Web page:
Abstract:Medical diagnosis in low-resource settings is confronted by the lack of suitable guidelines, protocols and checklists. Online-accessible procedural documents are difficult to find, might be mistranslated or interpreted and usually do not address the needs of developing countries. Urinalysis, one of the most frequently performed diagnostic examinations worldwide, involves a series of tests aiming to detect particular disorders, such as urinary tract infections, kidney disease and diabetes. In this guideline, we present an alternative approach for clinical laboratories with limited resources to identify common bacterial uropathogens. We propose dividing the identification plan into two levels. The implicated pathogen will first be assigned into a bacterial group, basic identification, against which a suitable panel of antimicrobial agents shall be selected for the antimicrobial susceptibility testing (AST). Characterization of the pathogen to the genus or species level, advanced identification, will then be performed to ensure correct reading of the AST results and determine the epidemiology of clinically significant pathogens. Most of the proposed steps in our guideline are tailored to meet the needs of clinical laboratories in low-resource settings. Such guidelines are needed to strengthen the capacity of regional pathology laboratories and to enhance international initiatives on antimicrobial resistance and health equity.Keywords: urinary tract infection; urinalysis; Gram-negative rods; Escherichia coli
Background: There has been increased interest in the study of anaerobic bacteria that cause human infection during the past decade. Many new genera and species have been described using 16S rRNA gene sequencing of clinical isolates obtained from different infection sites with commercially available special culture media to support the growth of anaerobes. Several systems, such as anaerobic pouches, boxes, jars and chambers provide suitable anaerobic culture conditions to isolate even strict anaerobic bacteria successfully from clinical specimens. Beside the classical, time-consuming identification methods and automated biochemical tests, the use of matrix-assisted laser desorption/ionization time-of-flight mass spectrometry has revolutionized identification of even unusual and slow-growing anaerobes directly from culture plates, providing the possibility of providing timely information about anaerobic infections.
Content: The review involves topics on the anaerobes that are members of the commensal microbiota and their role causing infection, the key requirements for collection and transport of specimens, processing of specimens in the laboratory, incubation techniques, identification and antimicrobial susceptibility testing of anaerobic bacteria. Advantages, drawbacks and specific benefits of the methods are highlighted.
During each visit, individuals also completed a questionnaire recording life style, medication, and dietary habits. Anthropometrical measurements (height, weight, waist circumference, and so on) and biochemical tests (glucose, hsCRP, total cholesterol, HDL-C, LDL-C, triglyceride, and so on) were also conducted (Additional file 1: Table S1). The derived homeostasis model assessment (HOMA) index uses the fasting blood sugar and insulin to predict the insulin resistance of patients  and was calculated as standard (insulin * glucose)/405, both measured after fasting and glucose levels measured in mg/dL .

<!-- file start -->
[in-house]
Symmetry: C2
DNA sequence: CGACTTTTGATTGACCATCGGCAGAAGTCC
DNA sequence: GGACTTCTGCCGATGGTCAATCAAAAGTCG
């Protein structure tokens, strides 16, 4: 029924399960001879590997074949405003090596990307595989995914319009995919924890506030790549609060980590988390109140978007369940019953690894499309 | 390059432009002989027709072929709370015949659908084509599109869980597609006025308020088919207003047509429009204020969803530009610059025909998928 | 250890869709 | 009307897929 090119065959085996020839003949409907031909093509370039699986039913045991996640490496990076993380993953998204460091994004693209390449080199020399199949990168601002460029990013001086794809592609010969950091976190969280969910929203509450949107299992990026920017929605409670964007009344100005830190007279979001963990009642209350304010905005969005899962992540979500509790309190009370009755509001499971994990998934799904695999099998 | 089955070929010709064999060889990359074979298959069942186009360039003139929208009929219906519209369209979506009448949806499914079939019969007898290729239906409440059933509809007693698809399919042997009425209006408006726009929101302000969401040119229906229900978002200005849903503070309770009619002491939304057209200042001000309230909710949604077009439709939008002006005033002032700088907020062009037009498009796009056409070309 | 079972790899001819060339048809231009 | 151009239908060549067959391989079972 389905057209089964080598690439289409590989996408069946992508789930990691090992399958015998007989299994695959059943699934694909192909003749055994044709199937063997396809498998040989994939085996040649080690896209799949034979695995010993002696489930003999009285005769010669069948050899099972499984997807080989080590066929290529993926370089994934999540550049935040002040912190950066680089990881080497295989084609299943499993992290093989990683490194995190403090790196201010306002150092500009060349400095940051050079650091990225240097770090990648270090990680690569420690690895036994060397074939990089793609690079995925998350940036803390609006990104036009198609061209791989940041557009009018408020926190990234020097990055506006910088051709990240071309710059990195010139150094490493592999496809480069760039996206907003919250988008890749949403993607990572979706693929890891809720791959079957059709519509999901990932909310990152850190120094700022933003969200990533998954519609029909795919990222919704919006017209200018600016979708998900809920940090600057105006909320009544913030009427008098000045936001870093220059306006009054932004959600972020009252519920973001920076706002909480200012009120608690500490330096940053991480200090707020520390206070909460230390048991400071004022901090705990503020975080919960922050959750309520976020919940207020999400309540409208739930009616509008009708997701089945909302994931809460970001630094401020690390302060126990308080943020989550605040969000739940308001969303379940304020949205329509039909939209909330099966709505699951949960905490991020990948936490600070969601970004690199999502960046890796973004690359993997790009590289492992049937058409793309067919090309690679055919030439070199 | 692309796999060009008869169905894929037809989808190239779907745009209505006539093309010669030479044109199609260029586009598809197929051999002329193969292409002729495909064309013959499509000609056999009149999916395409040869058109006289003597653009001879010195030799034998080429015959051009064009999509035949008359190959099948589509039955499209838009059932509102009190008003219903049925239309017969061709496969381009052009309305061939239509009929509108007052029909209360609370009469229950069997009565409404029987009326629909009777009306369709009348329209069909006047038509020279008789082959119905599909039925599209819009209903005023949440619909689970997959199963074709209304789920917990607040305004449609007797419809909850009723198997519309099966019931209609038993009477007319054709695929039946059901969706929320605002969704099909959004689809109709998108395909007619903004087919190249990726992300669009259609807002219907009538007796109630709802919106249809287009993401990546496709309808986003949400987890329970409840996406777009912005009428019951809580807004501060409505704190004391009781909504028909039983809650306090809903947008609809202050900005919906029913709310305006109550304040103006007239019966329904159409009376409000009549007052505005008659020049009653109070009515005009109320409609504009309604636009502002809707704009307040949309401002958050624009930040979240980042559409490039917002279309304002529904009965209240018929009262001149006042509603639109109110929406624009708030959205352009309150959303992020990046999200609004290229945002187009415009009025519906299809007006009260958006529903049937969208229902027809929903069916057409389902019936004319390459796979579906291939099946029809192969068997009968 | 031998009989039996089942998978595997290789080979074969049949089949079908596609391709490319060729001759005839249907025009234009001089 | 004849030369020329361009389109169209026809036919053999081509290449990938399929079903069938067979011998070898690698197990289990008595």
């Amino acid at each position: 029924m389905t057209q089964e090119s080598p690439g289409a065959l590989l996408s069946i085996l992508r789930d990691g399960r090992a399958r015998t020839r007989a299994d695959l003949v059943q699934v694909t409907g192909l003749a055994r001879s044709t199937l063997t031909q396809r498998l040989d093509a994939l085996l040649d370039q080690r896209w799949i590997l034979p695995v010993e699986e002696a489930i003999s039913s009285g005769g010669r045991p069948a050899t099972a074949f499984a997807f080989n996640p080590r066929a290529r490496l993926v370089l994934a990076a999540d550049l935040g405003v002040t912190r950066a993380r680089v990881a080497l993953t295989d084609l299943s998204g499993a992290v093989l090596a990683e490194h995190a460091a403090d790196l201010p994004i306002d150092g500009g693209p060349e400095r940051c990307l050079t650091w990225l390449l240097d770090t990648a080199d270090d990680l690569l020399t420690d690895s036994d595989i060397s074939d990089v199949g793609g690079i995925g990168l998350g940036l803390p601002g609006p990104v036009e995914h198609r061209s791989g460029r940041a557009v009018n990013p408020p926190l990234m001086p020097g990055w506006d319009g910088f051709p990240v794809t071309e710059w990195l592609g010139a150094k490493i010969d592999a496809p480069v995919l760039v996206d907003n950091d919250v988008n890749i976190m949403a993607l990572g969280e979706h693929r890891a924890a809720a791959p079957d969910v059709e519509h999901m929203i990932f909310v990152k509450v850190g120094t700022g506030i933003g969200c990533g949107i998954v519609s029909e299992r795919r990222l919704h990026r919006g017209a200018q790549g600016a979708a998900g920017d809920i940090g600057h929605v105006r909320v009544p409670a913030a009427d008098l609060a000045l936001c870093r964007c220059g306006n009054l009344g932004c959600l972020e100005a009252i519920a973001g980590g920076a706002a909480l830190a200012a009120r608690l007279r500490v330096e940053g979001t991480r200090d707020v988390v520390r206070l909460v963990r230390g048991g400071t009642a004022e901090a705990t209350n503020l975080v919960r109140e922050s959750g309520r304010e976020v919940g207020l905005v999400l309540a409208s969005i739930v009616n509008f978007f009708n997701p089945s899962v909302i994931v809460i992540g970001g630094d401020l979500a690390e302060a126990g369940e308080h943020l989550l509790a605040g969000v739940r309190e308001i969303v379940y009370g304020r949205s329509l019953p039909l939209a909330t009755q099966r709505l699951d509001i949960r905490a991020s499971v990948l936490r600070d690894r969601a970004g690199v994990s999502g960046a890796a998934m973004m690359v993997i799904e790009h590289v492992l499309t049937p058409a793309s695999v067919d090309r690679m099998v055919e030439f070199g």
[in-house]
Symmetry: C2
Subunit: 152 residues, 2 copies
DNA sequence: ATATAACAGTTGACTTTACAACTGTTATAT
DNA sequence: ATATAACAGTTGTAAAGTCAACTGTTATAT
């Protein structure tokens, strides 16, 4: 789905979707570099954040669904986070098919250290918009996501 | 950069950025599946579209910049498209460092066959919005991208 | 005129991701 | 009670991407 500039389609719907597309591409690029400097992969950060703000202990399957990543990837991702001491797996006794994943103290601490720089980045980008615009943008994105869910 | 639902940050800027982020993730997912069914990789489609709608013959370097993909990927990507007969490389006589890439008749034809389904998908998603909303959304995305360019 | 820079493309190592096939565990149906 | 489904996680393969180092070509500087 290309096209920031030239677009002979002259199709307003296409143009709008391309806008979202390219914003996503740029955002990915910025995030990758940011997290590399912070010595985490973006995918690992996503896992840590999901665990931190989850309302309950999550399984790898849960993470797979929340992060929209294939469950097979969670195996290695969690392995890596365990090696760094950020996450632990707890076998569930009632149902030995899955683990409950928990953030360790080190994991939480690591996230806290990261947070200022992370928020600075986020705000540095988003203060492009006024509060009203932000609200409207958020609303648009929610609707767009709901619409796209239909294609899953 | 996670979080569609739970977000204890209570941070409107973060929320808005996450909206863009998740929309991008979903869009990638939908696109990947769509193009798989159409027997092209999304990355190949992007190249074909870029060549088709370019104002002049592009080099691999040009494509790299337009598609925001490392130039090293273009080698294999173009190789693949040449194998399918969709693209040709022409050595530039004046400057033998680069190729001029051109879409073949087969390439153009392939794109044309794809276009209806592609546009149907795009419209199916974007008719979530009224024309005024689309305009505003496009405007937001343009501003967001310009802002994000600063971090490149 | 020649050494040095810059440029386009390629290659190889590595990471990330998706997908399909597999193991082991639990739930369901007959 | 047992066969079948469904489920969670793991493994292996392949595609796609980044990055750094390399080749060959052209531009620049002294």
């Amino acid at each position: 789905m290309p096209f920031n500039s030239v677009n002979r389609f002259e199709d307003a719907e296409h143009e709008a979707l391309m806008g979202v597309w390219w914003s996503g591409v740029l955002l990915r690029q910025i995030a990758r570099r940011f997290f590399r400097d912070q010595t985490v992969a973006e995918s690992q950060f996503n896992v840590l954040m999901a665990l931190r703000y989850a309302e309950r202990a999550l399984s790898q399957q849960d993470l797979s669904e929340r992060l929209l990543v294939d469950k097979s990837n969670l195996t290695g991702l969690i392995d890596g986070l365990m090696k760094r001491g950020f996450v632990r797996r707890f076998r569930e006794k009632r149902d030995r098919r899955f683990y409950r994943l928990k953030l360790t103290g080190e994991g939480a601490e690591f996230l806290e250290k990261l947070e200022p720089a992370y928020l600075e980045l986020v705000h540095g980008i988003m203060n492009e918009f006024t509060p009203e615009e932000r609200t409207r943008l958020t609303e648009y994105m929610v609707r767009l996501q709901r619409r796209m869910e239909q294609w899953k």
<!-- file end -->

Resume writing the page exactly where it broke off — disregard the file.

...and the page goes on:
To observe whether catabolic or anabolic reactions contributed to the inter-omic correlation structure, KEGG pathway representation of imputed OTU metagenomes was correlated with the correlation coefficients from the pair-wise microbe-metabolite comparisons. While roughly half of these comparisons had significant positive correlation coefficients, indicating concordance between observed metabolite abundance and metagenomic abundance, a large proportion of correlations were insignificant or significantly negative (Additional file6). While the mechanisms remain unclear, multiple possibilities exist for the differing directionality of observed correlations. For example, a metabolic end product might have a positive correlation with the OTU (and thus the originating pathway) that produces and exports it, but a negative correlation with the OTU (and thus the originating pathway) that imports and processes it in a downstream pathway. Unfortunately, this also means that some metabolites might have less significant correlation curves due to organisms that encode enzymes producing such metabolites, but are not correlated with the metabolites because they are not exported, which was required for us to measure the association. Given the immature understanding of gut metabolic pathways and the imperfect nature of putative metabolite ID picking, we were not able to resolve this issue. Regardless, these data suggest that our predicted metagenomic and putative metabolite ID data were concordant. This was an important finding because defining metabolite IDs using biochemical methods is subject to numerous limitations that could be simplified with metagenomic data. To try and detect signatures of microbial inhibition or stimulation, we attempted to quantify the significance of community structure between microbes with shared metabolite correlations. While significant community structure was observed between microbes, we were unable to deconvolute the transitive effects of correlation and thus, could not conclude that metabolite-mediated microbial stimulation/inhibition occurred. However, we provided two examples of communities that appeared to have exceptional structure, even compared against other metabolite-associated microbial communities. Additional file10 shows the structure of a microbial community that was defined by common correlation with a cecal metabolite (mass = 230.1845, retention time = 0.4078 minutes). This metabolite negatively correlated with 17 bacteria. When correlated with each other, these bacteria formed two tight clusters with extremely well-defined co-exclusion structure. An appealing explanation for this type of behavior is that the two communities actively compete with each other for consumption of the metabolite. The metabolite-associated community in Additional file11 involved a sigmoid metabolite (mass = 434.1867, retention time = 0.6621 minutes). This metabolite was negatively correlated with one Tenericute and eighteen Proteobacteria OTUs and positively correlated with seven Firmicutes OTUs. When correlated with each other, these bacteria also formed two distinct communities that were extremely co-exclusive; one community contained all the Firmicutes, and the other community contained most of the Proteobacteria. This behavior could be indicative of a Firmicutes-produced metabolite that is inhibitory to Proteobacteria. While it is possible that the observed structure was due to the transitive nature of the correlations, these observations would seem to suggest that metabolites might be driving microbial community structure and may directly or indirectly modulate inter-species competition. 1e1e36bf2d